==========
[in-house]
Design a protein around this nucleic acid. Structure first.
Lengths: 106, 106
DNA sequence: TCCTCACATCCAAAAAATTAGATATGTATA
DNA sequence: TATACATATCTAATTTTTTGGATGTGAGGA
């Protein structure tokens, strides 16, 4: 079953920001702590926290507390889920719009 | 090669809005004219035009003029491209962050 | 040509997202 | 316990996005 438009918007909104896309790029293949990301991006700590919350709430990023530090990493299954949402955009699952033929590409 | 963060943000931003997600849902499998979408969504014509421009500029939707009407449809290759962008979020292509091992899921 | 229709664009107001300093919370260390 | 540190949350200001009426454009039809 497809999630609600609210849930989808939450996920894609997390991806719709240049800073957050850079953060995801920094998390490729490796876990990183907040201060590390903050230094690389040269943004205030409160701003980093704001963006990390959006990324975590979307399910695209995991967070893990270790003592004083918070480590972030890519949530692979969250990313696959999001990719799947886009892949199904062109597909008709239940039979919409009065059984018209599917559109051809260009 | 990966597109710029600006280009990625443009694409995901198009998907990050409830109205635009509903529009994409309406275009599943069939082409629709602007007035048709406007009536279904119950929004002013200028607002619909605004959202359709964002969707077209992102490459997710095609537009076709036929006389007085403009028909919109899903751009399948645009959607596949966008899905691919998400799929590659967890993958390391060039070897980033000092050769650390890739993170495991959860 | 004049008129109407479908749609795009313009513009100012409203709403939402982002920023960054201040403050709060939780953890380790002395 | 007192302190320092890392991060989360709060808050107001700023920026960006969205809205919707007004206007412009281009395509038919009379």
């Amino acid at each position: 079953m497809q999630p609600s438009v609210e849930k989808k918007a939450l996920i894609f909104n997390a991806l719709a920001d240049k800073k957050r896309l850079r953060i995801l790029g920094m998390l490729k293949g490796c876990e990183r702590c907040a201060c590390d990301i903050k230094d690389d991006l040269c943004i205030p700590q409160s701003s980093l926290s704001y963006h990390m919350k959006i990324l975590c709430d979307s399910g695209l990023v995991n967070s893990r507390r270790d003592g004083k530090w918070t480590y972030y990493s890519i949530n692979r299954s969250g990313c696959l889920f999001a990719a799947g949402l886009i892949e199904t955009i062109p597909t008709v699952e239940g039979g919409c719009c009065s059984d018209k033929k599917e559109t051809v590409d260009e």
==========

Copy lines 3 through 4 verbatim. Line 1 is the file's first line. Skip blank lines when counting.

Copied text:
Lengths: 106, 106
DNA sequence: TCCTCACATCCAAAAAATTAGATATGTATA